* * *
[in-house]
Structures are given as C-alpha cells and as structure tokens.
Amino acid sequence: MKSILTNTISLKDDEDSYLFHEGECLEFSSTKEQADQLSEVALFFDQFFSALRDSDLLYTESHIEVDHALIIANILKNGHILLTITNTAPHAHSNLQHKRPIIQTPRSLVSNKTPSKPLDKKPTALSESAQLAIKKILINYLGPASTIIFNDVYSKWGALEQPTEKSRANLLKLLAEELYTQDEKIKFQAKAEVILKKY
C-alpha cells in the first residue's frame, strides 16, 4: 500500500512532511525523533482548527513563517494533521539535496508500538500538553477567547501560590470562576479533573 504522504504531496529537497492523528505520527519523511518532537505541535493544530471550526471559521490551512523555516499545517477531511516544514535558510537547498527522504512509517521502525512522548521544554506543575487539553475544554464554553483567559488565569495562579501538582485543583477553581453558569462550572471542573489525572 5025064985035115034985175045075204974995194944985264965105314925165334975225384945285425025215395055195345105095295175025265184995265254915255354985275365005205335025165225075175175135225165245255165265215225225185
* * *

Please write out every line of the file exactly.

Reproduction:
[in-house]
Structures are given as C-alpha cells and as structure tokens.
Amino acid sequence: MKSILTNTISLKDDEDSYLFHEGECLEFSSTKEQADQLSEVALFFDQFFSALRDSDLLYTESHIEVDHALIIANILKNGHILLTITNTAPHAHSNLQHKRPIIQTPRSLVSNKTPSKPLDKKPTALSESAQLAIKKILINYLGPASTIIFNDVYSKWGALEQPTEKSRANLLKLLAEELYTQDEKIKFQAKAEVILKKY
C-alpha cells in the first residue's frame, strides 16, 4: 500500500512532511525523533482548527513563517494533521539535496508500538500538553477567547501560590470562576479533573 504522504504531496529537497492523528505520527519523511518532537505541535493544530471550526471559521490551512523555516499545517477531511516544514535558510537547498527522504512509517521502525512522548521544554506543575487539553475544554464554553483567559488565569495562579501538582485543583477553581453558569462550572471542573489525572 5025064985035115034985175045075204974995194944985264965105314925165334975225384945285425025215395055195345105095295175025265184995265254915255354985275365005205335025165225075175175135225165245255165265215225225185